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Pilots: Free Spirit

Julie Clark

Nothing stands in her way

Nothing stands in her way

Julie Clark

To describe Julie Clark as enthusiastic would be akin to describing the sky as blue or the sun as hot. This is one energetic woman, passionate pilot, and intense patriot. After all, she flies a painstakingly restored red, white, and blue 1949 Beech T–34 Mentor in an airshow routine that features music such as God Bless the USA and, at the conclusion of her performance, jumps—leaps—from her aircraft to meet fans with such power that it belies her 67 years. She’s been flying airshow routines for more than 36 years and is rated in 66 different aircraft. And she has wanted to do exactly what she’s doing since she was 8 years old. “While most little girls were playing with dolls, I was building models of airplanes and reading all I could about flying,” she says.

Her father was the chief pilot for Pacific Airlines in the 1960s, and Clark idolized him and his career. “I thought that was the greatest thing when I could go fly with my dad,” Clark says. Tragically, in 1964, Capt. Ernie Clark was filling in for another pilot on a flight from Reno, Nevada, to Oakland, California, when a passenger entered the unlocked cockpit and killed both Clark and his first officer. The aircraft crashed, killing everyone on board. Cockpit doors have since been locked during commercial flights under the “Clark Act.”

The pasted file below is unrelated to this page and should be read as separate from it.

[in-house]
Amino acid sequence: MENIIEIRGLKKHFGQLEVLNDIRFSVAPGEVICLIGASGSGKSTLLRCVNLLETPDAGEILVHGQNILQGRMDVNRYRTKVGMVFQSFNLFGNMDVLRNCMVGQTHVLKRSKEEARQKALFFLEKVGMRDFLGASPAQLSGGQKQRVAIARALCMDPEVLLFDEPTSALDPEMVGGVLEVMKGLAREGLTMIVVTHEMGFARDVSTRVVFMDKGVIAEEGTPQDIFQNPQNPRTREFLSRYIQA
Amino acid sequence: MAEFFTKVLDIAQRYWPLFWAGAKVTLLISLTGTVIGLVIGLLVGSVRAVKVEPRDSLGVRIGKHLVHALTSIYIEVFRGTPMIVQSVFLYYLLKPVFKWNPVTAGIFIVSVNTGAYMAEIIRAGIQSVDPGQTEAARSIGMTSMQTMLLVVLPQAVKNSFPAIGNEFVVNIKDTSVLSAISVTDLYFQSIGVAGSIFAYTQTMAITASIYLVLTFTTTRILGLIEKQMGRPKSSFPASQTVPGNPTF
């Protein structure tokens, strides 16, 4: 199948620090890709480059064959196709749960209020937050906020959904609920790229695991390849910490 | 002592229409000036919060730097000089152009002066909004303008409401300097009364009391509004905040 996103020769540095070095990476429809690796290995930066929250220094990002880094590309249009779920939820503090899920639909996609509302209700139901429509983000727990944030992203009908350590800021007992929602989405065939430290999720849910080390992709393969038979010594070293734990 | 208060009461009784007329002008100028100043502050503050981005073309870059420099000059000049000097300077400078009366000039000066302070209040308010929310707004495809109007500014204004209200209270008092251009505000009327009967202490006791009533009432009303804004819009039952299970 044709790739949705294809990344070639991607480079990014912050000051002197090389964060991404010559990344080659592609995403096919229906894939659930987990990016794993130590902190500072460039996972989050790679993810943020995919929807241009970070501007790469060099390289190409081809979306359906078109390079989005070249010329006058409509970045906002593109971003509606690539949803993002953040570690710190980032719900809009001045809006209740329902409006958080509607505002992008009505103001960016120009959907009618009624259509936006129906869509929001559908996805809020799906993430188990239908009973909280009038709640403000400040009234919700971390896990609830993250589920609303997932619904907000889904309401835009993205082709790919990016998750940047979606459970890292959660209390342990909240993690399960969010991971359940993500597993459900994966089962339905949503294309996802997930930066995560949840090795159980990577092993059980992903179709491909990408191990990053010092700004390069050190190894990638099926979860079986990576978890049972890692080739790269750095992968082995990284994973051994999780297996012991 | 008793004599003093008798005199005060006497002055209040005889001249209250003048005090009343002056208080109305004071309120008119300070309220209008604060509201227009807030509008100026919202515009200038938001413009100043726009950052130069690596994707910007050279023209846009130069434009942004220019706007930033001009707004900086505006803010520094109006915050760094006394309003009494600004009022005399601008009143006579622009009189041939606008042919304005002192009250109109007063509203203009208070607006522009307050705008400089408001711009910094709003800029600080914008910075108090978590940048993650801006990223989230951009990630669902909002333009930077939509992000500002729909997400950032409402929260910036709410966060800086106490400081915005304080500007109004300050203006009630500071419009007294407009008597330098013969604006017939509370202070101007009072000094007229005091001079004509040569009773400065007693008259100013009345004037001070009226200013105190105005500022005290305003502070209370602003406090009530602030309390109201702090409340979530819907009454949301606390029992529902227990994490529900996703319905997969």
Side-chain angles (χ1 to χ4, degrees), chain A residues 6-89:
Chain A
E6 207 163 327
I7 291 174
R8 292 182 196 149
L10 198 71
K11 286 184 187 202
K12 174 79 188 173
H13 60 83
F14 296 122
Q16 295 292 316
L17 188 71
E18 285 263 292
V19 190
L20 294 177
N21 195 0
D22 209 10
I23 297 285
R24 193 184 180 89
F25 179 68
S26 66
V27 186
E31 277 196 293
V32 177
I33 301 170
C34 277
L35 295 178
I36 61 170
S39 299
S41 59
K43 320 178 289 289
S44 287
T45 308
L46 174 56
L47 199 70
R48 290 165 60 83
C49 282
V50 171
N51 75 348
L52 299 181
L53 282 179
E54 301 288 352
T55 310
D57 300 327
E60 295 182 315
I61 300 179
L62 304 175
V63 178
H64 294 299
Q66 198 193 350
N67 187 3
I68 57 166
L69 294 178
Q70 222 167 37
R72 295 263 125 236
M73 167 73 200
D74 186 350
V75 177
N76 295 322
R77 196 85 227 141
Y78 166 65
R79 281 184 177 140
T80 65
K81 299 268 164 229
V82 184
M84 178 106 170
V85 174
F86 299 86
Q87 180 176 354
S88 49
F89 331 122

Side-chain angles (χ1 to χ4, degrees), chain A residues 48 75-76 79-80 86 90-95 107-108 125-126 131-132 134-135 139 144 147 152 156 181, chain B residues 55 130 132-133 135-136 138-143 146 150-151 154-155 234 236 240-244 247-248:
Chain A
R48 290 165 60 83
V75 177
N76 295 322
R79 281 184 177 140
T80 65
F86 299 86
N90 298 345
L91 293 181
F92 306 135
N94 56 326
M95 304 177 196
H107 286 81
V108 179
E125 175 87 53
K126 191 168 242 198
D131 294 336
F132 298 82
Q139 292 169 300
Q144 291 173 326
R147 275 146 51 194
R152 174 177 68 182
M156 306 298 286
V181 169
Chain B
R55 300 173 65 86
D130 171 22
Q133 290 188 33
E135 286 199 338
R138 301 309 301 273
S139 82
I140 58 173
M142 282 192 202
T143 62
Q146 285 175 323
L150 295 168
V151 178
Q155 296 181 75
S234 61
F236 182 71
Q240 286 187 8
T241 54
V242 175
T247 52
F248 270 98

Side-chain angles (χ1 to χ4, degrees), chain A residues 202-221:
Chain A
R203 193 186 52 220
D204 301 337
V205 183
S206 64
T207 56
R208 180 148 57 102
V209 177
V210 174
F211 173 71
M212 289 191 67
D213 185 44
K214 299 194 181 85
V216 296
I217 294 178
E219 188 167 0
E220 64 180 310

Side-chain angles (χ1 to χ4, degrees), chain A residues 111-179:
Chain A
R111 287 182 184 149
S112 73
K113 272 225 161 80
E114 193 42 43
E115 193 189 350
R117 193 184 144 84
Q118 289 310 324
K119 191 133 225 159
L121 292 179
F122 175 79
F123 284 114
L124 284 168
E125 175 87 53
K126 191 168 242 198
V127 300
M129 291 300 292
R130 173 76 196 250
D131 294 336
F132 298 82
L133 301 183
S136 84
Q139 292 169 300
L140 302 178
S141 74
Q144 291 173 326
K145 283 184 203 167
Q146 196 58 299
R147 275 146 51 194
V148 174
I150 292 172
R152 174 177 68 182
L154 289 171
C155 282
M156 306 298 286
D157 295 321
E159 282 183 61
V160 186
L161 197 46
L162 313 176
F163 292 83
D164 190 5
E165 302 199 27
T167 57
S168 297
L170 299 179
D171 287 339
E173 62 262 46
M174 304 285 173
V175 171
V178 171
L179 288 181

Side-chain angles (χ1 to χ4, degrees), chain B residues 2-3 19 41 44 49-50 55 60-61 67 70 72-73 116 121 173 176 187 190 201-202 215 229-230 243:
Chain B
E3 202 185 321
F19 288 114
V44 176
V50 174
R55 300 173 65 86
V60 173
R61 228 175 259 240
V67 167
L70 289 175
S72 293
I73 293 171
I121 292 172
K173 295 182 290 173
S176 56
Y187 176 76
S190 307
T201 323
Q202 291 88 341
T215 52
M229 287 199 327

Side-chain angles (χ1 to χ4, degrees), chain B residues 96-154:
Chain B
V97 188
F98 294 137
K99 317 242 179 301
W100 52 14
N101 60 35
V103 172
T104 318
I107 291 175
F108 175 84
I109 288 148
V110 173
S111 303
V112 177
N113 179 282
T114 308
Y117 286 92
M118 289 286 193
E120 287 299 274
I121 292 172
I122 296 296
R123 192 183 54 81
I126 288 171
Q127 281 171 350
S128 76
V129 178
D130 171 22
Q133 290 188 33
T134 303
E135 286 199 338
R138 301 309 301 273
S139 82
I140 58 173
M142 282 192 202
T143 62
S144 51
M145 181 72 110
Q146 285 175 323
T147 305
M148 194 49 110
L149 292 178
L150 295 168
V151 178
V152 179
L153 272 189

The loss of her father (and her mother a year earlier in an accident) did not deter the aspiring pilot. She spent her college book money on flying lessons. She was the first woman to fly for Golden West Airlines and eventually became a captain for Northwest Airlines in 1984. She retired in 2004.

She bought her T–34 in 1977 “sight unseen” and spent four years restoring the aluminum airplane, hand-polishing it inside and out. It is painted her whimsical version of “Air Force One” and dubbed Free Spirit. A former instructor in the T–34 for the U.S. Navy, Clark is the only airshow performer in the aircraft in the United States. Although the T–34 was a trainer for the U.S. Navy and Air Force, it demands tremendous skill to fly aerobatics. “In the T–34, inverted flight must be carefully calculated because it does not have an inverted oil or fuel system,” Clark says.

Clark wrote a memoir in 2004, Nothing Stood in Her Way, published by Women in Aviation International, and calls it a “tell-all” book about her life. “I talk to my dad when I’m getting ready to perform. I say, OK, Dad, don’t let me do nuttin’ dumb.”

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Julie Clark will be on hand at theAOPA Fly-In in Anoka, Minnesota,August 22; Colorado Springs,Colorado, September 26; andTullahoma, Tennessee, October 10.


Who | Julie Clark, airshow performer and former Northwest Airlines captain
Hours | More than 32,000
Favorite aircraft | Beech T–34 Mentor
Extra | “I’m a warbird lover. That’s my true love and World War II is my favorite era.”

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